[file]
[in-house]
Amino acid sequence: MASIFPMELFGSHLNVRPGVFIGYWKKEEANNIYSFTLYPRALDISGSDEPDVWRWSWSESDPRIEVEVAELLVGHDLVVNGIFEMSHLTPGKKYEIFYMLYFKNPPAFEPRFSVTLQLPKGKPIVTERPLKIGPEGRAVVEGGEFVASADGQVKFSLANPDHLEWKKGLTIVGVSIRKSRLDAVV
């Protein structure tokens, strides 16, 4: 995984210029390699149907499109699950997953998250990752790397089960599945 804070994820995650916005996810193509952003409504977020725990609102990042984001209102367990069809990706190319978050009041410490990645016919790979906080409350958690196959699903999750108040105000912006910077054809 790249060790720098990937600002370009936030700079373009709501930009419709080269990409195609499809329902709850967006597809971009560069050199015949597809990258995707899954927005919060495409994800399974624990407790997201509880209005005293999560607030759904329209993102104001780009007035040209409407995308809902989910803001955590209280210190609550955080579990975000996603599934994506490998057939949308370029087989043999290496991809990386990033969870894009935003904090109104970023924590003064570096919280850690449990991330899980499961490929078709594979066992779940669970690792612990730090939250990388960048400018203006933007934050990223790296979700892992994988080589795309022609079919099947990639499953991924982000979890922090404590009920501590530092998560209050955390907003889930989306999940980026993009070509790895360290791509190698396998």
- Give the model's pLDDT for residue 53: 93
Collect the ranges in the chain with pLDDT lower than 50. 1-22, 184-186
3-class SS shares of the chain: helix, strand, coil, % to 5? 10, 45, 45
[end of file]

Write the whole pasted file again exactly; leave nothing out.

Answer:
[in-house]
Amino acid sequence: MASIFPMELFGSHLNVRPGVFIGYWKKEEANNIYSFTLYPRALDISGSDEPDVWRWSWSESDPRIEVEVAELLVGHDLVVNGIFEMSHLTPGKKYEIFYMLYFKNPPAFEPRFSVTLQLPKGKPIVTERPLKIGPEGRAVVEGGEFVASADGQVKFSLANPDHLEWKKGLTIVGVSIRKSRLDAVV
């Protein structure tokens, strides 16, 4: 995984210029390699149907499109699950997953998250990752790397089960599945 804070994820995650916005996810193509952003409504977020725990609102990042984001209102367990069809990706190319978050009041410490990645016919790979906080409350958690196959699903999750108040105000912006910077054809 790249060790720098990937600002370009936030700079373009709501930009419709080269990409195609499809329902709850967006597809971009560069050199015949597809990258995707899954927005919060495409994800399974624990407790997201509880209005005293999560607030759904329209993102104001780009007035040209409407995308809902989910803001955590209280210190609550955080579990975000996603599934994506490998057939949308370029087989043999290496991809990386990033969870894009935003904090109104970023924590003064570096919280850690449990991330899980499961490929078709594979066992779940669970690792612990730090939250990388960048400018203006933007934050990223790296979700892992994988080589795309022609079919099947990639499953991924982000979890922090404590009920501590530092998560209050955390907003889930989306999940980026993009070509790895360290791509190698396998």
- Give the model's pLDDT for residue 53: 93
Collect the ranges in the chain with pLDDT lower than 50. 1-22, 184-186
3-class SS shares of the chain: helix, strand, coil, % to 5? 10, 45, 45